The top executives at The New York Times have come under a multimillion-dollar class action lawsuit for creating “a culture of discrimination” at the company based on age, gender and race. The lawsuit was filed on behalf of two African-American female employees in their 60s who worked in the paper’s advertising department. The two women alleged that they were paid less than younger, white employees and were overlooked for promotions within the Times.
On April 28 the complaint was filed in the U.S. District Court in Manhattan against the newspaper, President, Chief Executive Officer Mark Thompson and Executive Vice President, Chief Revenue Officer Meredith Levien. According to the suit, The Times’ older advertising directors of mixed races and color were pushed out through buyouts or terminated and their positions were quickly filled with younger, Caucasian hires.
The plaintiffs — 62-year-old Ernestine Grant and 61-year-old Marjorie Walker — claimed that, since Thompson came on as chief executive, the company has “gotten considerably younger and whiter.” They have also alleged that the paper pays its “younger white individuals” more than its minority counterparts. They argued that its “younger white” employees were permitted to leave the office early on Fridays during the summer, while they were not.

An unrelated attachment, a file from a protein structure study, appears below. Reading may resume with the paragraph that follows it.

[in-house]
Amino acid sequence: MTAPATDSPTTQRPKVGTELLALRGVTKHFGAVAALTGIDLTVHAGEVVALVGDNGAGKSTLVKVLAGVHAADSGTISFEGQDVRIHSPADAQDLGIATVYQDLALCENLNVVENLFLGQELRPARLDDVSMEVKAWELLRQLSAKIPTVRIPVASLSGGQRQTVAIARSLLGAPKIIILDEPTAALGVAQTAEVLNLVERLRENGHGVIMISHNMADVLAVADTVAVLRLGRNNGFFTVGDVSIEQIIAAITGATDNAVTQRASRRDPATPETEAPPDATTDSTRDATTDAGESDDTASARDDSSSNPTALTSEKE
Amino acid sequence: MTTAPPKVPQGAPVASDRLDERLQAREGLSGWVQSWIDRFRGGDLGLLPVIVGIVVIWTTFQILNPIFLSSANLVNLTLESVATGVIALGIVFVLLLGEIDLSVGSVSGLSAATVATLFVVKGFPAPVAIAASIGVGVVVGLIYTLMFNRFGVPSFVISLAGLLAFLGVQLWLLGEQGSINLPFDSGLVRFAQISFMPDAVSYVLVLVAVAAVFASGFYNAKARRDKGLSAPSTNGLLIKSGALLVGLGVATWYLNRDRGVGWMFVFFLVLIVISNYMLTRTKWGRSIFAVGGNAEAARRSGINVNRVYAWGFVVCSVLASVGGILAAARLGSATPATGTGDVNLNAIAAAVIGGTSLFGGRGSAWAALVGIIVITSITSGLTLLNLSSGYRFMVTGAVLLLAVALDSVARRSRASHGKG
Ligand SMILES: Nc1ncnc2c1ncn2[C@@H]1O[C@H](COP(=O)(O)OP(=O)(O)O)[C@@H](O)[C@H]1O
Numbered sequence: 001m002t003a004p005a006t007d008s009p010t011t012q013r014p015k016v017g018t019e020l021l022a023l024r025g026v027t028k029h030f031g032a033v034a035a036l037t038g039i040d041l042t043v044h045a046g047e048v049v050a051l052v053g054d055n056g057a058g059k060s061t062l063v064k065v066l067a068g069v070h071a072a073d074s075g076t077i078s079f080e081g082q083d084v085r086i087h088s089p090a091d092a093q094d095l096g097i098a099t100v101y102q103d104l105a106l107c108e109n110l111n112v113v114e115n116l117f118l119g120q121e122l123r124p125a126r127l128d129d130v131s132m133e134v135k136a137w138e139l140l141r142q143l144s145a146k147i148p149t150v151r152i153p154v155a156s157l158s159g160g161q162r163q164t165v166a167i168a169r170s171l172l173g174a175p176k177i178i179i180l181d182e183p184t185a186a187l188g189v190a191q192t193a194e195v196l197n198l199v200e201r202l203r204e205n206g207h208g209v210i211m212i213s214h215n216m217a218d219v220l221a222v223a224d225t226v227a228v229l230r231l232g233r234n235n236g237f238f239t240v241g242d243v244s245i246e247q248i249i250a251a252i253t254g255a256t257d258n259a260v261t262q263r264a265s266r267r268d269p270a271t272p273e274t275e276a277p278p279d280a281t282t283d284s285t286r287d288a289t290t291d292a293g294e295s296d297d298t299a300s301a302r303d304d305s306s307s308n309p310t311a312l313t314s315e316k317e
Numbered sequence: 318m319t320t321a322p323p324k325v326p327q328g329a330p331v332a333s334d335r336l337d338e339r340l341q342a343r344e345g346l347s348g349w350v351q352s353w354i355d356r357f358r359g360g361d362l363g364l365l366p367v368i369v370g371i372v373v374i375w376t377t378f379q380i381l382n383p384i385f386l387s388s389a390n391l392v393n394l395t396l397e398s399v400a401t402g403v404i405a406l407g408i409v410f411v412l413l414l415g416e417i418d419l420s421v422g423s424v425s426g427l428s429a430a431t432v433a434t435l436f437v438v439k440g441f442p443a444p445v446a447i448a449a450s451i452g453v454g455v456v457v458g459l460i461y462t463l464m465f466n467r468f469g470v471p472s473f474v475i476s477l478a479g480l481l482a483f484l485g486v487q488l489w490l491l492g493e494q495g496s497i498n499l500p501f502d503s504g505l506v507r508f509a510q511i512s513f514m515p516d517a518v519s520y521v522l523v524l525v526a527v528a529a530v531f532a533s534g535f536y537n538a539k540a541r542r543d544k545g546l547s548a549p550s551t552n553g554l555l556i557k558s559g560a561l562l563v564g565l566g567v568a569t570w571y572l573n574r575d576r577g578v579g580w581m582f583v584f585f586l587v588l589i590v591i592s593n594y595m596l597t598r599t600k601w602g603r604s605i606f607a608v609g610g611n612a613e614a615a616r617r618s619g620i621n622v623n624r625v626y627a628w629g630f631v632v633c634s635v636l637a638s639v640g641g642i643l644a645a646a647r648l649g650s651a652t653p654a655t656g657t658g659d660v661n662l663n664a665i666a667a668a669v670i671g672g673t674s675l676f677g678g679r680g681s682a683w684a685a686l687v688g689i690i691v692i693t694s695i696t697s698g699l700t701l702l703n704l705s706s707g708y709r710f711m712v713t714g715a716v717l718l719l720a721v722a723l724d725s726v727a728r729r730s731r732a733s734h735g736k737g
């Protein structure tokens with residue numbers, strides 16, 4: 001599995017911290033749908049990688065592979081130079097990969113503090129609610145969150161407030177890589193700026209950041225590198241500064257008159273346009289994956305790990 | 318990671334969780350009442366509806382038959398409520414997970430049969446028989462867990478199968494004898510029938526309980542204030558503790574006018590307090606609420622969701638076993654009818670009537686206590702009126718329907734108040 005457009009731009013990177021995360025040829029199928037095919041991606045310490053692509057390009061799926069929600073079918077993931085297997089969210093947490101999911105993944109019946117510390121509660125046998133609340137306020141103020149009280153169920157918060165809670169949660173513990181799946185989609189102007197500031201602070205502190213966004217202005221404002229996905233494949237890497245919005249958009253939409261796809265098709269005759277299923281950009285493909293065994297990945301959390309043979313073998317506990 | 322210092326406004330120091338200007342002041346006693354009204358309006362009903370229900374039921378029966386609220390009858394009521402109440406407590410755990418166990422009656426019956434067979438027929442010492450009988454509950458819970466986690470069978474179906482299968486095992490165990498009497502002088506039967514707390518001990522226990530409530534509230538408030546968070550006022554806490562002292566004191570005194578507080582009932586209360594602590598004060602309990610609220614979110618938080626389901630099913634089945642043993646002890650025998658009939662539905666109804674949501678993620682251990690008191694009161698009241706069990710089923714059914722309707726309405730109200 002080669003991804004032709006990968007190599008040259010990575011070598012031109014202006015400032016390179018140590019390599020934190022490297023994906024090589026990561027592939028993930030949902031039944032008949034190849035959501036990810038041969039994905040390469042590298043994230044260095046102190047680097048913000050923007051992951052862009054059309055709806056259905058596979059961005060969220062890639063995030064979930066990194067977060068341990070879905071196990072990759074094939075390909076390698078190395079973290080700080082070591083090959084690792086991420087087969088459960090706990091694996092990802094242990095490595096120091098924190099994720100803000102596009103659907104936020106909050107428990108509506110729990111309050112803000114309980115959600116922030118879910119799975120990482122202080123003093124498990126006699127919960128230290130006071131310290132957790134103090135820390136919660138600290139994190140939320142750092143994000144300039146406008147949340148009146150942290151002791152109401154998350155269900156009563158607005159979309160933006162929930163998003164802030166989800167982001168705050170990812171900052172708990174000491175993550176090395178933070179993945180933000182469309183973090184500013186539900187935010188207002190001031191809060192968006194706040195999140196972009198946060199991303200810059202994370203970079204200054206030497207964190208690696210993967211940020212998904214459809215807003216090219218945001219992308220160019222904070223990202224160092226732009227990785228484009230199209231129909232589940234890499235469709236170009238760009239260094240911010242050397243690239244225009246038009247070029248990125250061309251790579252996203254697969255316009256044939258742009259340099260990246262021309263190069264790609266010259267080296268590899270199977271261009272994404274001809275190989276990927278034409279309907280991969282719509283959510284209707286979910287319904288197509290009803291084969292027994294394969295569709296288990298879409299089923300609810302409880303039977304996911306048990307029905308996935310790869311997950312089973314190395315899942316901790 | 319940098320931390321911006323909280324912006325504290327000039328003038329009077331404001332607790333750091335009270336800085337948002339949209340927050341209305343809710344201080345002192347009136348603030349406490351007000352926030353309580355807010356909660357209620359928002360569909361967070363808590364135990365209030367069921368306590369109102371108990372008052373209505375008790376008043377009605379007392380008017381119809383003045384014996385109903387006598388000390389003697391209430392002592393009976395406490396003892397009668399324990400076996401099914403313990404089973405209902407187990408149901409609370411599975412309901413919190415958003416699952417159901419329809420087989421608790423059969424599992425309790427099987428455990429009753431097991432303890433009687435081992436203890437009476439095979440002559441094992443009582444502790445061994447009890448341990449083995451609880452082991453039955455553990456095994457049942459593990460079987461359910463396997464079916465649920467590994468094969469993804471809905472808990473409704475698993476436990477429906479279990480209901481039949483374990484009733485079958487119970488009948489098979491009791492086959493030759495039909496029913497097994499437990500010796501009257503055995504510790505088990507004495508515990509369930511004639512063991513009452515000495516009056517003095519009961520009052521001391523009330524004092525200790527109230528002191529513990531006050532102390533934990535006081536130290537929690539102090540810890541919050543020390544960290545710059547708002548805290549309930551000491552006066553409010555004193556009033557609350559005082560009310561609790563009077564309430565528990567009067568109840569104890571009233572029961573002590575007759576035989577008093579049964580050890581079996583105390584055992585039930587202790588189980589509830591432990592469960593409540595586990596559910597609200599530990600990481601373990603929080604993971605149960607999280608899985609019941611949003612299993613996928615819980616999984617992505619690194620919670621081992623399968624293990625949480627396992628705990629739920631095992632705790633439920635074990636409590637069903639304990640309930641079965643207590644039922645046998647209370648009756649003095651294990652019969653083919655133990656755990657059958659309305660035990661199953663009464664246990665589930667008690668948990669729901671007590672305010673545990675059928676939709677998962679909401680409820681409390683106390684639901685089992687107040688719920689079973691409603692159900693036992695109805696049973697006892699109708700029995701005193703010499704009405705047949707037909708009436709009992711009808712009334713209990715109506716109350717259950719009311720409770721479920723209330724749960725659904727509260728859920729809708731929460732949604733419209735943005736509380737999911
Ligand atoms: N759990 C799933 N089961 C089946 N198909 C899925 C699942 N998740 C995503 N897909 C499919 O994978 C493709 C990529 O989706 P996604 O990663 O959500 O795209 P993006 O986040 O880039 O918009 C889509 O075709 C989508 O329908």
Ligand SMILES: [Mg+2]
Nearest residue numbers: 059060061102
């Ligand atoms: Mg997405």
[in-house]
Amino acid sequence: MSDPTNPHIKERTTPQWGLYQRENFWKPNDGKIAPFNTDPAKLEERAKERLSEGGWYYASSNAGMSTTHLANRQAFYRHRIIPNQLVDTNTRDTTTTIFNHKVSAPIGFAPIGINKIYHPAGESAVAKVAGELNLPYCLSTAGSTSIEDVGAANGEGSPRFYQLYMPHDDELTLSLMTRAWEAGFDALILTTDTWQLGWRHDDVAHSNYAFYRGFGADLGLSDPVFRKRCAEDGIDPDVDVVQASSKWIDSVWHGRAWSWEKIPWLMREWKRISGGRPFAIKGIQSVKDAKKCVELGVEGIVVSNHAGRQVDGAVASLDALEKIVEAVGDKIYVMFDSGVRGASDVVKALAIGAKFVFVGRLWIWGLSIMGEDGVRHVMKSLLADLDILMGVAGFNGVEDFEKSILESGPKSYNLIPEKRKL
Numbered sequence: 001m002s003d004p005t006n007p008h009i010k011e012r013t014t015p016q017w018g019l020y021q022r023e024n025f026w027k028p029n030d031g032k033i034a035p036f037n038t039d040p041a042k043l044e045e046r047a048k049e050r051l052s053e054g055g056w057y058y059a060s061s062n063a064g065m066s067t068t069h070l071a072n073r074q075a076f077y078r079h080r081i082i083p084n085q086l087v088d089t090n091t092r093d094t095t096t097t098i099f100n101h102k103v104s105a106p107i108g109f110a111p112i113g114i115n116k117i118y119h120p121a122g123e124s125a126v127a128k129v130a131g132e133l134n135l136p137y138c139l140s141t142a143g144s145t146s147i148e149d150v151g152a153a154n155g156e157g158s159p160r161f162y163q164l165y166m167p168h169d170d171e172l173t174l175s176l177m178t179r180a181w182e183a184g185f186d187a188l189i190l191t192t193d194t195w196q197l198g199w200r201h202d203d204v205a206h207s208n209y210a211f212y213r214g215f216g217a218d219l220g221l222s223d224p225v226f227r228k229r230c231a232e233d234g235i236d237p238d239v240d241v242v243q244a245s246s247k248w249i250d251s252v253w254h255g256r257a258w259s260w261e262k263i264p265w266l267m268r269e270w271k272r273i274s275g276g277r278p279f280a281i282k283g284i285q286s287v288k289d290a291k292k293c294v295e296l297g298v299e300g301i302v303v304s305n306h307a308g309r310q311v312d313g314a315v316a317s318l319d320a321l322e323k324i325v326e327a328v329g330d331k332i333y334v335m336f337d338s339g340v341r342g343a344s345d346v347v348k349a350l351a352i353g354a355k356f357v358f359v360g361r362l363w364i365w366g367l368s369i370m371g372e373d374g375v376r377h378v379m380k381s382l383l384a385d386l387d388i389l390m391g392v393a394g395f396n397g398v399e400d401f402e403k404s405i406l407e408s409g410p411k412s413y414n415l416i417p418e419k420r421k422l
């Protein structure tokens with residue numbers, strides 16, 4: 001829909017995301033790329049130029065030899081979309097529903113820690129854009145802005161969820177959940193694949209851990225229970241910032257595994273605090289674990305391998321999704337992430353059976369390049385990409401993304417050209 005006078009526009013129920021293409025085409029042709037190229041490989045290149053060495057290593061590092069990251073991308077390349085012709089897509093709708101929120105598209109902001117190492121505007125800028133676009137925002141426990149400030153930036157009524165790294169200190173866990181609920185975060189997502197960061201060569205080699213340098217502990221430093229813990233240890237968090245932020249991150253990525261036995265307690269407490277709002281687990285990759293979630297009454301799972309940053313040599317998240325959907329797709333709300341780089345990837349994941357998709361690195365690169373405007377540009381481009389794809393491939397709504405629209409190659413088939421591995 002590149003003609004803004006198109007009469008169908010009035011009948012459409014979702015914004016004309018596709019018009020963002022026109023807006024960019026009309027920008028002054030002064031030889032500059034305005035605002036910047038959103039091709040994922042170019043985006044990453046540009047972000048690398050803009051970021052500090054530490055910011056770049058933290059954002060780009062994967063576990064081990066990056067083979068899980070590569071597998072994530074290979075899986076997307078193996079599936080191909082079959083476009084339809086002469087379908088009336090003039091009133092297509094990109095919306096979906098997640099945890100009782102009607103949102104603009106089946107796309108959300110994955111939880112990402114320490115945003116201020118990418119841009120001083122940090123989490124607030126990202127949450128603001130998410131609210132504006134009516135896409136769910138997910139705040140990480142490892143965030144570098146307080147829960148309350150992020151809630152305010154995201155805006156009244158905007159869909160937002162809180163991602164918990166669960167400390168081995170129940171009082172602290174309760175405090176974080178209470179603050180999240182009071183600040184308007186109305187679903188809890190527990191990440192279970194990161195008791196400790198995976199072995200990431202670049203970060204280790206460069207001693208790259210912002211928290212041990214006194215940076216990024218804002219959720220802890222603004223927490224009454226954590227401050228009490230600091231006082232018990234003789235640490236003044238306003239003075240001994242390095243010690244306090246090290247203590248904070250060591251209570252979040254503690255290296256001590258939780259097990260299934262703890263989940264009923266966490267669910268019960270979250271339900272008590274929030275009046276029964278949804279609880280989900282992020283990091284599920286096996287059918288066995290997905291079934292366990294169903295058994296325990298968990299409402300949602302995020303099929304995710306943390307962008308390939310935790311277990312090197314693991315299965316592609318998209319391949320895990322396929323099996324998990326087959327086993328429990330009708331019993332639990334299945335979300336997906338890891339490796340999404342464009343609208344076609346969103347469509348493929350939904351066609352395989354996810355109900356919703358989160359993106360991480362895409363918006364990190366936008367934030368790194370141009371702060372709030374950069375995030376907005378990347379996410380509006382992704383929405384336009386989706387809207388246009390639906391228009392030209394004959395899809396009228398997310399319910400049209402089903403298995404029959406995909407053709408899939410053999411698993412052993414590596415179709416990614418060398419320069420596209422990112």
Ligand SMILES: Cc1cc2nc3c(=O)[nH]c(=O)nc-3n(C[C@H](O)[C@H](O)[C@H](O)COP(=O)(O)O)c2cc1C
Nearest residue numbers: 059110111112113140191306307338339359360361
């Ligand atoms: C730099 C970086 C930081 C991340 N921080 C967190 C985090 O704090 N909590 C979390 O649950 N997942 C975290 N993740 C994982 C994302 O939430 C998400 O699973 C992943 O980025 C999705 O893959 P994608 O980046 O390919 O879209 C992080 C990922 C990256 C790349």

The suit also brought to light Mr. Thompson’s past discriminatory practices during his employment as director-general at The British Broadcasting Corporation (BBC). Mr. Thompson had been caught in a series of highly damaging situations involving the age and gender of newscaster Moira Stuart, former Strictly Come Dancing judge Arlene Phillip and Countryfile presenter Miriam O’Reilly. Ms. O’Reilly brought an age discrimination employment tribunal against Mr. Thompson, and won in 2011.
Mr. Thompson is not the only one who has come under the media scope for sexist and ageist remarks towards employees. Ms. Levien has allegedly made it clear in speeches to her staff that her ideal workforce was to include “fresh faces” populated by “people who look like the people we are selling to.” It has been claimed that Ms. Levien has made racially charged innuendos to the advertising staff that comprised primarily of older, African-American females.
If you have concerns regarding employment law issues, contact an experienced New York employment law attorney who can ensure that your rights are protected. Call Steven Mitchell Sack at (917) 371-8000 or email him at sms@StevenSack.com.